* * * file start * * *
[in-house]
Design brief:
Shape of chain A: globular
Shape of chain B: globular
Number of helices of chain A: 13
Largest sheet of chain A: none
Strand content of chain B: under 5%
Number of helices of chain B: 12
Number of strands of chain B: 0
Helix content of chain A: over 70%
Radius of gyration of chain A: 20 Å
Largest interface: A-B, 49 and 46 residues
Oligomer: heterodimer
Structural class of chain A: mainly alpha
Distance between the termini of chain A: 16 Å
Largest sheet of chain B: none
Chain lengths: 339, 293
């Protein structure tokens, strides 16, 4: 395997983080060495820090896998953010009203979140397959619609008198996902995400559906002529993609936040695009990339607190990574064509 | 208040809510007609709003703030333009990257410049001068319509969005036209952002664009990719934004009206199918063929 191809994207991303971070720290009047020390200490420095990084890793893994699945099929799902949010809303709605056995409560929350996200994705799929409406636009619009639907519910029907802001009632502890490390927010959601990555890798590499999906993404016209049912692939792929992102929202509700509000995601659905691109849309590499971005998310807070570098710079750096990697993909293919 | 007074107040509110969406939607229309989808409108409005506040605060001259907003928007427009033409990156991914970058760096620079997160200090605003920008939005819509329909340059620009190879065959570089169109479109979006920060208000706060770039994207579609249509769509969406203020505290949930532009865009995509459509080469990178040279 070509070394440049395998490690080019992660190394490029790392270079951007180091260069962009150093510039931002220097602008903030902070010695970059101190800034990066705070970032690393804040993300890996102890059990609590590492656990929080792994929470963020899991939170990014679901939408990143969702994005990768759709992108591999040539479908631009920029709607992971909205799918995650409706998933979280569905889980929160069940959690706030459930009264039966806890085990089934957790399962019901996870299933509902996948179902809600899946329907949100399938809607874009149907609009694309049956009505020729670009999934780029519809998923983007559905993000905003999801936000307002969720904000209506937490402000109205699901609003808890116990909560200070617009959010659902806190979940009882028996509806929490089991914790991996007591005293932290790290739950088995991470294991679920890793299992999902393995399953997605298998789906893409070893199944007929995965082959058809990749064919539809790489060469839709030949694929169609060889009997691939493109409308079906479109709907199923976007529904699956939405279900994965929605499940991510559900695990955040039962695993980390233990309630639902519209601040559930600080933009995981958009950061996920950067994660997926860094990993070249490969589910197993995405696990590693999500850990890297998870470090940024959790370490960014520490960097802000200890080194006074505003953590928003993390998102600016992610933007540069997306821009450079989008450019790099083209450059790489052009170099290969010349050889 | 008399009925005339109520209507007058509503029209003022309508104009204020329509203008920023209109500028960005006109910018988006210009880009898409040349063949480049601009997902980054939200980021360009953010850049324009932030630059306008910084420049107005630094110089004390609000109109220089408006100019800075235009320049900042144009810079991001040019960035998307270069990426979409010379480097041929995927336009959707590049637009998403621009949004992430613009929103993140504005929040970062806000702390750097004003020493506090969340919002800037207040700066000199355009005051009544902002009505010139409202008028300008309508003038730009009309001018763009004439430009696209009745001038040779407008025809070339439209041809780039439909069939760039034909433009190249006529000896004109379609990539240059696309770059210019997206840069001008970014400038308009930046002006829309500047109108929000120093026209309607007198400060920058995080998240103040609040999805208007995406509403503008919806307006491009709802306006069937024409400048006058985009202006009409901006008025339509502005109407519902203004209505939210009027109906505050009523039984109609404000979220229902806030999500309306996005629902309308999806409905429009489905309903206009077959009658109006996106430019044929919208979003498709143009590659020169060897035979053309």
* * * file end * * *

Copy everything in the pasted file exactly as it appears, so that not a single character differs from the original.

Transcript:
[in-house]
Design brief:
Shape of chain A: globular
Shape of chain B: globular
Number of helices of chain A: 13
Largest sheet of chain A: none
Strand content of chain B: under 5%
Number of helices of chain B: 12
Number of strands of chain B: 0
Helix content of chain A: over 70%
Radius of gyration of chain A: 20 Å
Largest interface: A-B, 49 and 46 residues
Oligomer: heterodimer
Structural class of chain A: mainly alpha
Distance between the termini of chain A: 16 Å
Largest sheet of chain B: none
Chain lengths: 339, 293
């Protein structure tokens, strides 16, 4: 395997983080060495820090896998953010009203979140397959619609008198996902995400559906002529993609936040695009990339607190990574064509 | 208040809510007609709003703030333009990257410049001068319509969005036209952002664009990719934004009206199918063929 191809994207991303971070720290009047020390200490420095990084890793893994699945099929799902949010809303709605056995409560929350996200994705799929409406636009619009639907519910029907802001009632502890490390927010959601990555890798590499999906993404016209049912692939792929992102929202509700509000995601659905691109849309590499971005998310807070570098710079750096990697993909293919 | 007074107040509110969406939607229309989808409108409005506040605060001259907003928007427009033409990156991914970058760096620079997160200090605003920008939005819509329909340059620009190879065959570089169109479109979006920060208000706060770039994207579609249509769509969406203020505290949930532009865009995509459509080469990178040279 070509070394440049395998490690080019992660190394490029790392270079951007180091260069962009150093510039931002220097602008903030902070010695970059101190800034990066705070970032690393804040993300890996102890059990609590590492656990929080792994929470963020899991939170990014679901939408990143969702994005990768759709992108591999040539479908631009920029709607992971909205799918995650409706998933979280569905889980929160069940959690706030459930009264039966806890085990089934957790399962019901996870299933509902996948179902809600899946329907949100399938809607874009149907609009694309049956009505020729670009999934780029519809998923983007559905993000905003999801936000307002969720904000209506937490402000109205699901609003808890116990909560200070617009959010659902806190979940009882028996509806929490089991914790991996007591005293932290790290739950088995991470294991679920890793299992999902393995399953997605298998789906893409070893199944007929995965082959058809990749064919539809790489060469839709030949694929169609060889009997691939493109409308079906479109709907199923976007529904699956939405279900994965929605499940991510559900695990955040039962695993980390233990309630639902519209601040559930600080933009995981958009950061996920950067994660997926860094990993070249490969589910197993995405696990590693999500850990890297998870470090940024959790370490960014520490960097802000200890080194006074505003953590928003993390998102600016992610933007540069997306821009450079989008450019790099083209450059790489052009170099290969010349050889 | 008399009925005339109520209507007058509503029209003022309508104009204020329509203008920023209109500028960005006109910018988006210009880009898409040349063949480049601009997902980054939200980021360009953010850049324009932030630059306008910084420049107005630094110089004390609000109109220089408006100019800075235009320049900042144009810079991001040019960035998307270069990426979409010379480097041929995927336009959707590049637009998403621009949004992430613009929103993140504005929040970062806000702390750097004003020493506090969340919002800037207040700066000199355009005051009544902002009505010139409202008028300008309508003038730009009309001018763009004439430009696209009745001038040779407008025809070339439209041809780039439909069939760039034909433009190249006529000896004109379609990539240059696309770059210019997206840069001008970014400038308009930046002006829309500047109108929000120093026209309607007198400060920058995080998240103040609040999805208007995406509403503008919806307006491009709802306006069937024409400048006058985009202006009409901006008025339509502005109407519902203004209505939210009027109906505050009523039984109609404000979220229902806030999500309306996005629902309308999806409905429009489905309903206009077959009658109006996106430019044929919208979003498709143009590659020169060897035979053309």